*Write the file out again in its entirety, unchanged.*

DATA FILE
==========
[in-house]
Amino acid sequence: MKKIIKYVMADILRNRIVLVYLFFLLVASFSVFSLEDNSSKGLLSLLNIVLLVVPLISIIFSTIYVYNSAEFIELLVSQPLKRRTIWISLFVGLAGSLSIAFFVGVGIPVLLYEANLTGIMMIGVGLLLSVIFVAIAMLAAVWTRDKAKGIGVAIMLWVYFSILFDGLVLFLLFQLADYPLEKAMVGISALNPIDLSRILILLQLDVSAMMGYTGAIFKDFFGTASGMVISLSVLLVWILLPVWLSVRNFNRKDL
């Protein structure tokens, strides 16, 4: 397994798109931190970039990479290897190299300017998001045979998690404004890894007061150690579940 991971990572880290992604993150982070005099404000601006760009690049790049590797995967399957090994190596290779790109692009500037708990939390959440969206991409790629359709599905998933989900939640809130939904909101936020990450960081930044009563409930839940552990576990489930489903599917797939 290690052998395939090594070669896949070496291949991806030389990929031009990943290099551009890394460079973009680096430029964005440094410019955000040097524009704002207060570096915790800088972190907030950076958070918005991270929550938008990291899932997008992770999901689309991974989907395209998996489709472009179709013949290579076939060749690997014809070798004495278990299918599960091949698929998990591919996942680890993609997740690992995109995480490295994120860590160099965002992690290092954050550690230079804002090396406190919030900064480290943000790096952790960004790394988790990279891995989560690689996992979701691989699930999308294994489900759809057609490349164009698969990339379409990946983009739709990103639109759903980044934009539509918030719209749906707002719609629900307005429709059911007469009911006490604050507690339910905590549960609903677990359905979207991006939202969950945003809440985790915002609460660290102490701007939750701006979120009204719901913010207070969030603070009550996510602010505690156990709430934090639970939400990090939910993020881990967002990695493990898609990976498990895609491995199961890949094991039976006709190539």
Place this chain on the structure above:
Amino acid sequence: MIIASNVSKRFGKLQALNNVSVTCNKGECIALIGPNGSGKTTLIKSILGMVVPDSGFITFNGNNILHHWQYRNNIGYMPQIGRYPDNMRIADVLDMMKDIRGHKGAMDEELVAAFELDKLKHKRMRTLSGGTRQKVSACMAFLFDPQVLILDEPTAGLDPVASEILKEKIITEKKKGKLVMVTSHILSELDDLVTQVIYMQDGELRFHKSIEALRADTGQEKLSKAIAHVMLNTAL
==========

[in-house]
Amino acid sequence: MKKIIKYVMADILRNRIVLVYLFFLLVASFSVFSLEDNSSKGLLSLLNIVLLVVPLISIIFSTIYVYNSAEFIELLVSQPLKRRTIWISLFVGLAGSLSIAFFVGVGIPVLLYEANLTGIMMIGVGLLLSVIFVAIAMLAAVWTRDKAKGIGVAIMLWVYFSILFDGLVLFLLFQLADYPLEKAMVGISALNPIDLSRILILLQLDVSAMMGYTGAIFKDFFGTASGMVISLSVLLVWILLPVWLSVRNFNRKDL
């Protein structure tokens, strides 16, 4: 397994798109931190970039990479290897190299300017998001045979998690404004890894007061150690579940 991971990572880290992604993150982070005099404000601006760009690049790049590797995967399957090994190596290779790109692009500037708990939390959440969206991409790629359709599905998933989900939640809130939904909101936020990450960081930044009563409930839940552990576990489930489903599917797939 290690052998395939090594070669896949070496291949991806030389990929031009990943290099551009890394460079973009680096430029964005440094410019955000040097524009704002207060570096915790800088972190907030950076958070918005991270929550938008990291899932997008992770999901689309991974989907395209998996489709472009179709013949290579076939060749690997014809070798004495278990299918599960091949698929998990591919996942680890993609997740690992995109995480490295994120860590160099965002992690290092954050550690230079804002090396406190919030900064480290943000790096952790960004790394988790990279891995989560690689996992979701691989699930999308294994489900759809057609490349164009698969990339379409990946983009739709990103639109759903980044934009539509918030719209749906707002719609629900307005429709059911007469009911006490604050507690339910905590549960609903677990359905979207991006939202969950945003809440985790915002609460660290102490701007939750701006979120009204719901913010207070969030603070009550996510602010505690156990709430934090639970939400990090939910993020881990967002990695493990898609990976498990895609491995199961890949094991039976006709190539």
Place this chain on the structure above:
Amino acid sequence: MIIASNVSKRFGKLQALNNVSVTCNKGECIALIGPNGSGKTTLIKSILGMVVPDSGFITFNGNNILHHWQYRNNIGYMPQIGRYPDNMRIADVLDMMKDIRGHKGAMDEELVAAFELDKLKHKRMRTLSGGTRQKVSACMAFLFDPQVLILDEPTAGLDPVASEILKEKIITEKKKGKLVMVTSHILSELDDLVTQVIYMQDGELRFHKSIEALRADTGQEKLSKAIAHVMLNTAL